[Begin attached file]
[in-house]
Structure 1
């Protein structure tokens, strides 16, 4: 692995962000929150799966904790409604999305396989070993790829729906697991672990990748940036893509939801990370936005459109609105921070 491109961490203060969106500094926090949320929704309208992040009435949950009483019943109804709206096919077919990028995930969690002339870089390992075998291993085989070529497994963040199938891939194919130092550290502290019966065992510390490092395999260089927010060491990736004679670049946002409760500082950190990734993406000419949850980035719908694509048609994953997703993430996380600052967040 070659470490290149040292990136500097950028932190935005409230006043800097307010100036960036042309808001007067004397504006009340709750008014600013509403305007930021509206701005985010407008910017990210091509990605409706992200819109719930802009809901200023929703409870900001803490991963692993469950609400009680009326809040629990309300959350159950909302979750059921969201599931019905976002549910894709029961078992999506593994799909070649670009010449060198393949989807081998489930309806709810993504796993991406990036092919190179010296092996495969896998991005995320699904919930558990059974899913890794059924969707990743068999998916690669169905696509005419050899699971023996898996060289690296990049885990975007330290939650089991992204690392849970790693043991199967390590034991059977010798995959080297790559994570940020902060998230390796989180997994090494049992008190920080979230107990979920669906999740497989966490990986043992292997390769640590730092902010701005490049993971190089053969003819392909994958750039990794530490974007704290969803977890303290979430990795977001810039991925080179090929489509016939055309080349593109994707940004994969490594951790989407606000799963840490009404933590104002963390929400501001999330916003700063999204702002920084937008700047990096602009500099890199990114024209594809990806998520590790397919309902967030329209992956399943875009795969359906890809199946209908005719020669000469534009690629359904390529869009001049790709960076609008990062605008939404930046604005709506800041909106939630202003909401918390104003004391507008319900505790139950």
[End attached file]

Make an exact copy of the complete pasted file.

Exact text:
[in-house]
Structure 1
């Protein structure tokens, strides 16, 4: 692995962000929150799966904790409604999305396989070993790829729906697991672990990748940036893509939801990370936005459109609105921070 491109961490203060969106500094926090949320929704309208992040009435949950009483019943109804709206096919077919990028995930969690002339870089390992075998291993085989070529497994963040199938891939194919130092550290502290019966065992510390490092395999260089927010060491990736004679670049946002409760500082950190990734993406000419949850980035719908694509048609994953997703993430996380600052967040 070659470490290149040292990136500097950028932190935005409230006043800097307010100036960036042309808001007067004397504006009340709750008014600013509403305007930021509206701005985010407008910017990210091509990605409706992200819109719930802009809901200023929703409870900001803490991963692993469950609400009680009326809040629990309300959350159950909302979750059921969201599931019905976002549910894709029961078992999506593994799909070649670009010449060198393949989807081998489930309806709810993504796993991406990036092919190179010296092996495969896998991005995320699904919930558990059974899913890794059924969707990743068999998916690669169905696509005419050899699971023996898996060289690296990049885990975007330290939650089991992204690392849970790693043991199967390590034991059977010798995959080297790559994570940020902060998230390796989180997994090494049992008190920080979230107990979920669906999740497989966490990986043992292997390769640590730092902010701005490049993971190089053969003819392909994958750039990794530490974007704290969803977890303290979430990795977001810039991925080179090929489509016939055309080349593109994707940004994969490594951790989407606000799963840490009404933590104002963390929400501001999330916003700063999204702002920084937008700047990096602009500099890199990114024209594809990806998520590790397919309902967030329209992956399943875009795969359906890809199946209908005719020669000469534009690629359904390529869009001049790709960076609008990062605008939404930046604005709506800041909106939630202003909401918390104003004391507008319900505790139950």